The Last Carnival Cruise Ship at Sea Reaches Port
(Bloomberg) -- Carnival Corp.’s Costa Deliziosa reached port in Italy on Tuesday, ending weeks of drama as the company hustled to get passengers off its ships amid the coronavirus pandemic.
The Costa Deliziosa, operated by Carnival’s Costa Crociere unit, arrived in Genoa and plans to let passengers off Wednesday, according to the company’s Twitter feed.
“Despite the current complications due to travel restrictions imposed worldwide to contain the contagion, the company has organized transport to the various countries of residence from Genoa, from tomorrow,” Costa said.
The vessel was originally carrying 1,519 guests and 898 crew members. On Monday, 295 passengers disembarked in Barcelona, Spain.
The cruise left Venice, Italy, on Jan. 5 on a trip around the world. But in mid-March, Carnival and other cruise operators ended cruising after the coronavirus spread on a several vessels. Even then, concern over the virus prompted several countries to turn away cruise ships, leaving part of the fleet in limbo.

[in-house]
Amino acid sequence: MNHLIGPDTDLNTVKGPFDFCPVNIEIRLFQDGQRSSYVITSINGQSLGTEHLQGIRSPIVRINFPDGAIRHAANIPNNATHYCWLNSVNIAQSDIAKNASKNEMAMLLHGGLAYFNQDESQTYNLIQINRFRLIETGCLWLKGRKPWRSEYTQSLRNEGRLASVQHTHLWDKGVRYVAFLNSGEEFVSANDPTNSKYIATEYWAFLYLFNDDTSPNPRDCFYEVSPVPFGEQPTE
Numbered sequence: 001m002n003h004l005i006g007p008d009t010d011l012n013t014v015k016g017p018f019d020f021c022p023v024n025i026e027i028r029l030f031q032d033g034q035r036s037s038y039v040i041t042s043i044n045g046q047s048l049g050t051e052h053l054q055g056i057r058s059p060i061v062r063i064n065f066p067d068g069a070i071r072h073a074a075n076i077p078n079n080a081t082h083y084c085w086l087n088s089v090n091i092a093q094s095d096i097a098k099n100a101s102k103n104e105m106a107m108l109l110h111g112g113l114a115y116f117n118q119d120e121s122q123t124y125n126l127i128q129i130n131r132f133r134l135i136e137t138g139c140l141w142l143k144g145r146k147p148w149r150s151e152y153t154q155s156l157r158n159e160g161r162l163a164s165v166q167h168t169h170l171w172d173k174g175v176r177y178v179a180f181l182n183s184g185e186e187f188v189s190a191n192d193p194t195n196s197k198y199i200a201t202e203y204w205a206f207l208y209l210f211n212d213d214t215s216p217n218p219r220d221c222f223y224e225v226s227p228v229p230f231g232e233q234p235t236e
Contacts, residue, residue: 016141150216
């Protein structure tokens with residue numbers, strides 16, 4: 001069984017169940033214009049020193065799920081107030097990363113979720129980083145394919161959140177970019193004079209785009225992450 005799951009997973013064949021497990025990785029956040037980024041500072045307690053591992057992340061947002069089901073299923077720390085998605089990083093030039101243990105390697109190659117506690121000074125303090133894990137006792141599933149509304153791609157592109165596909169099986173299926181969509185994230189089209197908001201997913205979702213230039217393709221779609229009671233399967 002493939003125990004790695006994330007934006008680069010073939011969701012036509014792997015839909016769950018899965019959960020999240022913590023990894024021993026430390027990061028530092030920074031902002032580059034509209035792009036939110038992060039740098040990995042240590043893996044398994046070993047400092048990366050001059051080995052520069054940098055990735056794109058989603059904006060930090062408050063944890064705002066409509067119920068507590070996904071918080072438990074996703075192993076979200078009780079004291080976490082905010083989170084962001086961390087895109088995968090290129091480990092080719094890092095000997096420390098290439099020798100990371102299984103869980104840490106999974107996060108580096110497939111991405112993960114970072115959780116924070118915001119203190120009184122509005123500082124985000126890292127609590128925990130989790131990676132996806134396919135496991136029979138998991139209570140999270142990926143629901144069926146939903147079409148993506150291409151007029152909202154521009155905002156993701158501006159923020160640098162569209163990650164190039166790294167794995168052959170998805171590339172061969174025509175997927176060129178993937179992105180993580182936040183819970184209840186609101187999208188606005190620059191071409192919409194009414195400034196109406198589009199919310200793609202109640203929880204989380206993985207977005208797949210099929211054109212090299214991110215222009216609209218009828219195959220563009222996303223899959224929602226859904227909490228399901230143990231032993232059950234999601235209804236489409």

Separately, Carnival announced that it added Jeffrey J. Gearhart, a retired global governance expert and corporate secretary for Walmart Inc., to its board. He’ll serve on the compliance and health-and-safety committees.
“This, combined with Jeff’s proven track record of balancing regulatory requirements with the commercial realities of doing businesses, will be a major asset as we shape the future of our organization,” Carnival Chairman Micky Arison said in a statement.
Carnival ships had two of the earliest and most dramatic coronavirus outbreaks at sea, and one -- on the Diamond Princess -- was the largest concentration of the virus beyond mainland China for a time.
The Costa Deliziosa was the last Carnival ship still actively trying to reach port to let passengers off. Another vessel, the Pacific Princess, reached Los Angeles on Monday.
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